Air France disaster black boxes finally located
The French navy has located the black box flight recorders from the jet which plunged into the Atlantic killing 228 people last summer, including Co Down doctor Eithne Walls.
However officials said there was still no guarantee the recorders, which could explain the cause of the crash, would ever be brought to the surface.
Flight AF447 went down off the coast of Brazil on June 1 last year. Among the victims was Ms Walls, a 28-year-old doctor from Ballygowan.
Ms Walls, who had performed in Riverdance on Broadway and was pursuing her ambition to become an eye-surgeon at the Royal Victoria Eye and Ear hospital in Dublin, was en route from Rio De Janeiro to Paris when the plane crashed into the Atlantic.
She was travelling with two friends, Aisling Butler (26) from County Tipperary and Jane Deasy (27) from Dublin, both of whom were also doctors.
A search last year found several chunks of wreckage and 50 bodies, but the reasons behind the crash have never been fully explained.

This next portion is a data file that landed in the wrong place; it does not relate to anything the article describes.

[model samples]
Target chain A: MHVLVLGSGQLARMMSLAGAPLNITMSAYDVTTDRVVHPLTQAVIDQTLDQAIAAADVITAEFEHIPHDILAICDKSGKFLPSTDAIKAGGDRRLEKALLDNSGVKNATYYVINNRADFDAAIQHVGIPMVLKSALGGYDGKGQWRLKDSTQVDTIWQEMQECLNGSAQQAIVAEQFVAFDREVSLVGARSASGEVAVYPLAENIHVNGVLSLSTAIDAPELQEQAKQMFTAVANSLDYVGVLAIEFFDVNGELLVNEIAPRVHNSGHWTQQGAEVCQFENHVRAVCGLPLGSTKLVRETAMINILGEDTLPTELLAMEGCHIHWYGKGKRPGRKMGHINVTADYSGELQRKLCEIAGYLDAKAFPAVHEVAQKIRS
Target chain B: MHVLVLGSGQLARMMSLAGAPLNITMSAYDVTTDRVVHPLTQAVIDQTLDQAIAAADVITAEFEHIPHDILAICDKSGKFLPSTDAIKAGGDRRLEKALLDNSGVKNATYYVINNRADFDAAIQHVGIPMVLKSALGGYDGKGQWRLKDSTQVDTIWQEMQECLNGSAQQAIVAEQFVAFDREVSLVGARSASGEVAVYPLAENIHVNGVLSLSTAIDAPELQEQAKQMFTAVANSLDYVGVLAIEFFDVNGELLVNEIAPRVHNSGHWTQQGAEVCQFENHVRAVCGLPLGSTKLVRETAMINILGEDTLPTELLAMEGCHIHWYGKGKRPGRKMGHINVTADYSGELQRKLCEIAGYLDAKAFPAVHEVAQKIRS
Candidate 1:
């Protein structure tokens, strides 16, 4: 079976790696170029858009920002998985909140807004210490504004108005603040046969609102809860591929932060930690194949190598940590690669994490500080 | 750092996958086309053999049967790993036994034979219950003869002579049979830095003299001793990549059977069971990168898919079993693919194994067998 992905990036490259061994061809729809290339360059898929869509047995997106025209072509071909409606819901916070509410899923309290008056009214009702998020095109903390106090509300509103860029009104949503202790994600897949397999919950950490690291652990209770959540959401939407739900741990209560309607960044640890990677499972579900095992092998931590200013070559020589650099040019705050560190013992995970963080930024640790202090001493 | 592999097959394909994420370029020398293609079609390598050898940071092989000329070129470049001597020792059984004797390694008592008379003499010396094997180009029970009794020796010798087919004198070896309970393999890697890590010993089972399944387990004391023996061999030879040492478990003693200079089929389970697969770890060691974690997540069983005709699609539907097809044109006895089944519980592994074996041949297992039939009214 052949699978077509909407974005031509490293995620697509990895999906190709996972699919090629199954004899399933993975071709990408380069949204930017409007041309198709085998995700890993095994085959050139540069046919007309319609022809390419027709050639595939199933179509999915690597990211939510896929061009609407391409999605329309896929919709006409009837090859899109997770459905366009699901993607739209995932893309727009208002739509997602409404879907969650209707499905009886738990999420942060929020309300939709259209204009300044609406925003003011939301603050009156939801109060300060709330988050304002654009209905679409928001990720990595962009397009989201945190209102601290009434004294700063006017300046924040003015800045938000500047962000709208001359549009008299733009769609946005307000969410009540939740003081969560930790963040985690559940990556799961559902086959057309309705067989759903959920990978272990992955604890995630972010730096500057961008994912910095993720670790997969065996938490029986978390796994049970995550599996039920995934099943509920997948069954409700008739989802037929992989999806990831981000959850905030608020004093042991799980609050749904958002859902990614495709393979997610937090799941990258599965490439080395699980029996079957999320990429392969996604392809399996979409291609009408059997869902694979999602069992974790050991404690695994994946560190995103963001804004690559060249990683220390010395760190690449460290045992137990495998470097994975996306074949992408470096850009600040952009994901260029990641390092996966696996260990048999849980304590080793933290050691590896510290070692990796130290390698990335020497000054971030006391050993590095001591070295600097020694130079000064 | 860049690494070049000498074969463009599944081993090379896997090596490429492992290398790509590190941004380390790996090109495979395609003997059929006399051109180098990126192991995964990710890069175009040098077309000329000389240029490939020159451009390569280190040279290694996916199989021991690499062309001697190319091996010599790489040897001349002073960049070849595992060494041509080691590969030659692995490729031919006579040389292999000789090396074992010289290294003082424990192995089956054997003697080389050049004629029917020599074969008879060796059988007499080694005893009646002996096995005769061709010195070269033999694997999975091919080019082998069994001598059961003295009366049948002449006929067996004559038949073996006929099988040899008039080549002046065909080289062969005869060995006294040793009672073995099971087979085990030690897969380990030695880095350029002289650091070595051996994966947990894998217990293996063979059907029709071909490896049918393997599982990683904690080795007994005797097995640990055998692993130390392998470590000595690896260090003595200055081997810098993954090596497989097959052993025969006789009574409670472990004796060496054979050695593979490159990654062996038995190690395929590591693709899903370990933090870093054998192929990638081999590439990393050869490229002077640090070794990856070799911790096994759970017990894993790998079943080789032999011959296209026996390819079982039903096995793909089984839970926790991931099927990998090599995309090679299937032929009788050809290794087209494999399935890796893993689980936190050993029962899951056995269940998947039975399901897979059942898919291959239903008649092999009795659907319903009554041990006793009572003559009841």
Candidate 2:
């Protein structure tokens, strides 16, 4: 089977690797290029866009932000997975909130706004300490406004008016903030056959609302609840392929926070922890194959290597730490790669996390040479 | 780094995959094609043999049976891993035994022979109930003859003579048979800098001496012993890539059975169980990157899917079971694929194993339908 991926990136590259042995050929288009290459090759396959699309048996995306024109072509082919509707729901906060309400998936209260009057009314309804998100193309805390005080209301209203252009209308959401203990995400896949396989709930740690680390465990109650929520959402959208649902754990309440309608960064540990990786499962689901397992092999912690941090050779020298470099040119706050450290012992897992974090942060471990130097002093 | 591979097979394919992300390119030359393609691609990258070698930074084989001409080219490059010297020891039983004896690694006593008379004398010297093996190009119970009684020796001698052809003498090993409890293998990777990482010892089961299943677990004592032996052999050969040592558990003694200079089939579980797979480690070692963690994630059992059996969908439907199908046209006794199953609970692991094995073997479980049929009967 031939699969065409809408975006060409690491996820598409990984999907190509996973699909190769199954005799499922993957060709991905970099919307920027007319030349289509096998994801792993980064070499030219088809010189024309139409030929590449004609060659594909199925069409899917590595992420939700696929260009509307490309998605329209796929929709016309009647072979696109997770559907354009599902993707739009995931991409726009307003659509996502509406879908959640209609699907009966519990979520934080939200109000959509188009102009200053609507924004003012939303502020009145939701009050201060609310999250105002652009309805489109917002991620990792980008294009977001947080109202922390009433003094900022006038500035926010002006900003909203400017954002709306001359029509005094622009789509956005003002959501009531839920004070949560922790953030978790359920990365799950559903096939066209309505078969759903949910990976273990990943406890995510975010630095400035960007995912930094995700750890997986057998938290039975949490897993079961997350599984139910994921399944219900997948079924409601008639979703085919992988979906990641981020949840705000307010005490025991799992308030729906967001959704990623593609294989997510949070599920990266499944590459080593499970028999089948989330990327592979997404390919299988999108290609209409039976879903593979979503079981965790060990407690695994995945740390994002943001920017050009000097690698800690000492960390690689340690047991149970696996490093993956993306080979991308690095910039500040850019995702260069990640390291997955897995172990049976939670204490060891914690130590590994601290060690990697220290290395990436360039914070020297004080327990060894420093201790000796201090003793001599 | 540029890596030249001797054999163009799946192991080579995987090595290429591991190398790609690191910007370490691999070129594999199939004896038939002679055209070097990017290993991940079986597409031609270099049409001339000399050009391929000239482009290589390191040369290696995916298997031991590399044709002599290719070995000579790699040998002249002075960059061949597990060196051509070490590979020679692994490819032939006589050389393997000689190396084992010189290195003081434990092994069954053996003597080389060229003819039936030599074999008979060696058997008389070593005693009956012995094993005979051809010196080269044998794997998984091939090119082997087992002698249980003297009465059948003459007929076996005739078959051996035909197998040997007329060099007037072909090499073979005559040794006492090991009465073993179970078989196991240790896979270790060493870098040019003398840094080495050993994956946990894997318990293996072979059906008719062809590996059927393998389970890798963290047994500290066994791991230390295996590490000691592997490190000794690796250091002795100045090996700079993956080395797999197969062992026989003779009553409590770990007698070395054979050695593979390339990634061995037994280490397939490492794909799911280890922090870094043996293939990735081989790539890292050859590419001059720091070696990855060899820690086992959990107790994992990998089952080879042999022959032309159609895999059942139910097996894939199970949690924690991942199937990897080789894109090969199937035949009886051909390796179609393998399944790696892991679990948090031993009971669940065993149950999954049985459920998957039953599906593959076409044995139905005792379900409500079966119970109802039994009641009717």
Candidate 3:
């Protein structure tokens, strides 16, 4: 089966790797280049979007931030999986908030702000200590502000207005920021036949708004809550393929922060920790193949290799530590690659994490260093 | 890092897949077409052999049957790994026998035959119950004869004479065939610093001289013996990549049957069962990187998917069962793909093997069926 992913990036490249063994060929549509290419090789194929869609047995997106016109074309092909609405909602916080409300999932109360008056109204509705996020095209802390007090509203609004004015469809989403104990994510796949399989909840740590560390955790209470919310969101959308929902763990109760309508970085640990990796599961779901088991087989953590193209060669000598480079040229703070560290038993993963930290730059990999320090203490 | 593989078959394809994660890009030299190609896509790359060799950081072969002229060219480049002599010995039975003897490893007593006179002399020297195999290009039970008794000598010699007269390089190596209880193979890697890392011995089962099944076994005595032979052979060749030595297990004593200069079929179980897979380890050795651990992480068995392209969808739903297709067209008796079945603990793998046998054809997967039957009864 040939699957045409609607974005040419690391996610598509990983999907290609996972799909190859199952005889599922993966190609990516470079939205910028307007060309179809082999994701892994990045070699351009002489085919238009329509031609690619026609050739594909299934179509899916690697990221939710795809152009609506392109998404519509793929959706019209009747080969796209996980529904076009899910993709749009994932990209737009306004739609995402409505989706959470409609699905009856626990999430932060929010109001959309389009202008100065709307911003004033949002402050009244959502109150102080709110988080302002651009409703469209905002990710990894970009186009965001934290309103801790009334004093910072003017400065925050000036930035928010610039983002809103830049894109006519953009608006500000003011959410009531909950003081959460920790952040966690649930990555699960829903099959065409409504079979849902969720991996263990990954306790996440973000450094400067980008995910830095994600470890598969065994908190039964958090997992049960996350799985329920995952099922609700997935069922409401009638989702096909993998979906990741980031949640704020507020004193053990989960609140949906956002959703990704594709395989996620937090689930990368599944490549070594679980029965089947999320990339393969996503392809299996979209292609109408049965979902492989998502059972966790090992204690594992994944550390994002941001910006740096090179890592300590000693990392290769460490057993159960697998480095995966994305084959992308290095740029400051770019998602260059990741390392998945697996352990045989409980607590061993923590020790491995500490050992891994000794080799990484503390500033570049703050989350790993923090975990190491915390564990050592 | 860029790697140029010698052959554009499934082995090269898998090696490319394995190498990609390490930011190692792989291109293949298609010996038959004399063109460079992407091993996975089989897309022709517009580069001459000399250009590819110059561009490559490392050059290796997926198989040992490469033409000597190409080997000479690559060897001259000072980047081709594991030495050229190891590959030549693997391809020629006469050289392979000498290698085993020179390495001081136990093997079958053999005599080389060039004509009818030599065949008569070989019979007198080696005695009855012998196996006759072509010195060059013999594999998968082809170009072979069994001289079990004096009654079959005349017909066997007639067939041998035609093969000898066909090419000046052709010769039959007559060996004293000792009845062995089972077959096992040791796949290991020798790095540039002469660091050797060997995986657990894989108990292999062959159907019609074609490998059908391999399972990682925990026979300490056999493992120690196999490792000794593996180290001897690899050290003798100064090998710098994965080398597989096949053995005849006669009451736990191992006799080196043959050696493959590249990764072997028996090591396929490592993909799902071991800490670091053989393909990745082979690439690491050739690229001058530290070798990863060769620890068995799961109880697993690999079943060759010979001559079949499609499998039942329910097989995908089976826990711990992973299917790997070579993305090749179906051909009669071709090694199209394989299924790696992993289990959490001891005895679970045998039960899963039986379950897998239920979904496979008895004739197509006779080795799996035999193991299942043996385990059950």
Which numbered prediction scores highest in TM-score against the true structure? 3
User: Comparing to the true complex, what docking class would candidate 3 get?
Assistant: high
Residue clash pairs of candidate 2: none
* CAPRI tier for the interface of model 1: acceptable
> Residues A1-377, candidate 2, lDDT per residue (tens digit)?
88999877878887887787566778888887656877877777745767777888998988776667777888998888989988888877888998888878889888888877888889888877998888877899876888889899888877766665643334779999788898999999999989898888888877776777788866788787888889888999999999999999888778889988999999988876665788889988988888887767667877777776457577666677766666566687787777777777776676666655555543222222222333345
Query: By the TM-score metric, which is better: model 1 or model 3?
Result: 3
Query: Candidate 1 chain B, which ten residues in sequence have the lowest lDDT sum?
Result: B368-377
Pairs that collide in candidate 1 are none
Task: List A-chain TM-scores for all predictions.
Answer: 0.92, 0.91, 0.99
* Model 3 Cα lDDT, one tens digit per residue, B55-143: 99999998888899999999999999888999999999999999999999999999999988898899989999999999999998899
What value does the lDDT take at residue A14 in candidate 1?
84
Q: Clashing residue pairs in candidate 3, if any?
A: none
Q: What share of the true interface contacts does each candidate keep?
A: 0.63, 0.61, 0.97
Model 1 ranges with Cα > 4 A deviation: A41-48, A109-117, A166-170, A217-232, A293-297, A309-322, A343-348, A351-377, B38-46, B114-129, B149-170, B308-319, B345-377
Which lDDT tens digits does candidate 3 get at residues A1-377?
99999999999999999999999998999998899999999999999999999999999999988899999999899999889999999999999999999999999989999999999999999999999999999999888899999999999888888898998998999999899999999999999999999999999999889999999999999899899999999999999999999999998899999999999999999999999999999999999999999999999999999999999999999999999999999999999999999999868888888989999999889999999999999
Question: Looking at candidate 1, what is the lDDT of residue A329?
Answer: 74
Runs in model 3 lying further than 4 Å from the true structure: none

The black boxes have now been located with a ‘margin of error' of three nautical miles, more than 700 miles off Brazil's north-eastern coast.
They are fitted with locater beacons, known as pingers, which transmit an electronic pulse every second, but only for around 30 days before their battery runs out.
France's deputy defence ministry spokesman General Christian Baptiste said: “It is in no way certain we are going to retrieve the black boxes because they are not giving off a signal any more and the zone where they are is very rugged terrain.”
There were also doubts over whether vital information on the boxes has been preserved after almost 12 months underwater, the defence ministry said.